“What the GBC needs is for the government to inject the necessary resources into the state broadcaster, and retool it, rather than asking Management to reduce the channels by half, with some few months ahead of general elections,” Mr Sam Nat-Kevor, the Divisional and Local Union Chairman for GBC, said in Accra.
Addressing workers, who staged a mini-protest after an emergency meeting, Mr Nat-Kevor, Mr Nutor Bibini Nutor, the Secretary to the Union and Mr Mark Agodoa, the Vice Chairman of the Union, urged the workers to remain calm, as management dialogued with the Minister to halt the intended closure.
A directive from the Communications Minister, Ursula Owusu-Ekuful, in a letter dated 29th June, 2020, to the Director General to have three of the six channels of the GBC closed within 60 days, attributing the reason to a congestion of Digital terrestrial television (DTT).
The directive has been met with resistance among some media houses.
Digital terrestrial television DTTV or DTT, is a technology for terrestrial television in which land-based (terrestrial) television stations broadcast television content by radio waves to televisions in consumers’ residences in a digital format.
Parliament’s Minority Spokesperson on Communications, Mr Sam Nartey George, is querying what the intended consolidation of the channels meant on the grounds of creating more space; and some workers are speculating that the ceded channels would be allocated to private entities.
Following the directive, the GBC management is seeking the intervention of the National Media Commission (NMC) for a reversal of the intended closure of the channels, a move the Communications Minister is reported to have said would not work.
At the meeting, the placard holding angry workers wearing red bands on their arms and head, chanted war songs in protest of the intended closure.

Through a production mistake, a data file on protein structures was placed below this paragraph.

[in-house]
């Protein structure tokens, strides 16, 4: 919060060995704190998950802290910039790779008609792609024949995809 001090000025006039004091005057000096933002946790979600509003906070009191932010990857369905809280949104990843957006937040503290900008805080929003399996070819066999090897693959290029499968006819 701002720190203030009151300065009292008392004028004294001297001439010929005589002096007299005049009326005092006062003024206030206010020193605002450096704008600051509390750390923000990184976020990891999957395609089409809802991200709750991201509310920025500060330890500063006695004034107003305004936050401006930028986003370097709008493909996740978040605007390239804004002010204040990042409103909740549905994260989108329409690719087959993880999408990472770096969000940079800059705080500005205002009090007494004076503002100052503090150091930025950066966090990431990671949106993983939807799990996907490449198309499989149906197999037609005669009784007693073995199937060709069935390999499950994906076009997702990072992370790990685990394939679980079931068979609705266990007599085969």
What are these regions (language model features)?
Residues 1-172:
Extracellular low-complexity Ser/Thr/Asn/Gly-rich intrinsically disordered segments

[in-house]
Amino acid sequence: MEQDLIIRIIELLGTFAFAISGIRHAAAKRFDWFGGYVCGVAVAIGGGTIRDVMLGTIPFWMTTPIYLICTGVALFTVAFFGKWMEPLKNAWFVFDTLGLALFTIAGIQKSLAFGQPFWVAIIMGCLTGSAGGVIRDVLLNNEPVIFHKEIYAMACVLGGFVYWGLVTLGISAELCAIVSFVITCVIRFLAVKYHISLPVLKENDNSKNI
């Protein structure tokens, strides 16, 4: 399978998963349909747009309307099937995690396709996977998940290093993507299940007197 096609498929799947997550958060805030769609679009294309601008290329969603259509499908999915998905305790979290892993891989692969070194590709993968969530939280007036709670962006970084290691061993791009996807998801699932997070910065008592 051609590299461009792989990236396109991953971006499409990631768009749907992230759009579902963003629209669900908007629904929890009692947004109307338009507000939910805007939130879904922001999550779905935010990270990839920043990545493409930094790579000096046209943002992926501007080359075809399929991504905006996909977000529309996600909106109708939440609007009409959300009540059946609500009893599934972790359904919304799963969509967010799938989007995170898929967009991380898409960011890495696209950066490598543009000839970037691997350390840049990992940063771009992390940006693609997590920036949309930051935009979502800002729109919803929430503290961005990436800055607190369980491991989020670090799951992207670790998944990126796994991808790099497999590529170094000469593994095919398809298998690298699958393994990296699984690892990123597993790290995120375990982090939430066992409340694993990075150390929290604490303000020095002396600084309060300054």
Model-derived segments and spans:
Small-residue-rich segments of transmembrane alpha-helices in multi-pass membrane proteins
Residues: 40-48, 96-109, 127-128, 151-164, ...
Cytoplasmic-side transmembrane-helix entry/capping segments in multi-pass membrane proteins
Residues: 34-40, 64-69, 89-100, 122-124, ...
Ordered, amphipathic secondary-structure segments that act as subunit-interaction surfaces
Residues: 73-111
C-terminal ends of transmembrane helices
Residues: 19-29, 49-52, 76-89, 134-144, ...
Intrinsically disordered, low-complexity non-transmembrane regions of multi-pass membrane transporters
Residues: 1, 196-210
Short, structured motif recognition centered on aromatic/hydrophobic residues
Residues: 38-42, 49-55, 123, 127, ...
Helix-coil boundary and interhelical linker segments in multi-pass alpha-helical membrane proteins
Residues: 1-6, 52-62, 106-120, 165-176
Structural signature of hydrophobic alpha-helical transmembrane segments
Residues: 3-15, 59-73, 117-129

Some of the placards read “Government Retool the State Broadcaster to Deliver,” “GBC Has Men and Women to Operate and Maintain DTT”, “GBC is Fully Funded by the State and Should Be Operated by the GBC for the State”.
Mr Nat-Kevor appealed to the NMC to protect the interests of Ghanaians and exercise its constitutional mandate and save the GBC, which he described as the soul of the state.
He appealed to the workers to remain calm and go about their duties while consultations were carried on with the NMC to reverse the decision.
He said “We believe that these moves are subtle moves to privatize the Ghana Broadcasting cooperation, after several attempts over the years,” and added: “if you claim that the DTT platform is full, and you want to create a redundancy, what do you do, infrastructure can be expanded to have more spectrum to occupy.”
Mr Nutor on his part said the workers would continue with the protests until the Minister of Communication rescinds the decision.
He said: “We are saying no. It will not work and we shall challenge this decision at the peril of our lives”.
Meanwhile, Prof Amin Alhassan, the Director General, has said all the six channels serve specific purposes, and thus none can be taken off.
In a letter to the NMC, Prof Alhassan explained that all the six channels were dedicated to 24-hours channels, with “specified focus reflecting the mandate of GBC as a State Broadcaster, a Public Service Broadcaster and a Commercial Broadcaster”.